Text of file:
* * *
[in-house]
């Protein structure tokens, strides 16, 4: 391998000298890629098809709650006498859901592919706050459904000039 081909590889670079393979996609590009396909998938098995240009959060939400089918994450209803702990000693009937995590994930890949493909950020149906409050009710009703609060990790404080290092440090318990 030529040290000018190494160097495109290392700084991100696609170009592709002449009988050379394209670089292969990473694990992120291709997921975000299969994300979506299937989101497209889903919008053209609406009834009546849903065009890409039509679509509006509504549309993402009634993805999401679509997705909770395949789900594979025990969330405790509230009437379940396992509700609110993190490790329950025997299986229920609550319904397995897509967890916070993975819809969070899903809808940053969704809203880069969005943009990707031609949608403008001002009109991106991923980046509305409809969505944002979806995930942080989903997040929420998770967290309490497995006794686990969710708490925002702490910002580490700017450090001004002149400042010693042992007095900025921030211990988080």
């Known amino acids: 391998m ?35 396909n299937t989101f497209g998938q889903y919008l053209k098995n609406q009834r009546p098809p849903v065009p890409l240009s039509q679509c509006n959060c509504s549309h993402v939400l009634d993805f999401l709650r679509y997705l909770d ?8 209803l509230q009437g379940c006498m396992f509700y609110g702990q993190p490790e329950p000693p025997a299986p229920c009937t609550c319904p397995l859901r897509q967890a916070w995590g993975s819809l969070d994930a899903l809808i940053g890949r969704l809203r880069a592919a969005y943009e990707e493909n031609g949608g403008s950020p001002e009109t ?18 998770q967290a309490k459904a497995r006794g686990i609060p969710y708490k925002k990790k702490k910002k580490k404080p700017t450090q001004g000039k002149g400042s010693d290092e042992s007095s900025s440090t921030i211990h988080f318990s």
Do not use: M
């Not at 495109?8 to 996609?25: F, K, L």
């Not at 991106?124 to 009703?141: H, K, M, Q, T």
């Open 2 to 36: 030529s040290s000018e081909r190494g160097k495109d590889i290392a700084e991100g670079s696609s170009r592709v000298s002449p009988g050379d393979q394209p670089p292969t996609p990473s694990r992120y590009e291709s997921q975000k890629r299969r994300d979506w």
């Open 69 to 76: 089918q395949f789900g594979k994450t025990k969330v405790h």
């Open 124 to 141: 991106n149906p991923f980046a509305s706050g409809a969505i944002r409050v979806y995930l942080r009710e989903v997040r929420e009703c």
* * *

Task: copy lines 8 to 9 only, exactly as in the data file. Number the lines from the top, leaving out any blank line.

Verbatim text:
């Open 69 to 76: 089918q395949f789900g594979k994450t025990k969330v405790h």
């Open 124 to 141: 991106n149906p991923f980046a509305s706050g409809a969505i944002r409050v979806y995930l942080r009710e989903v997040r929420e009703c």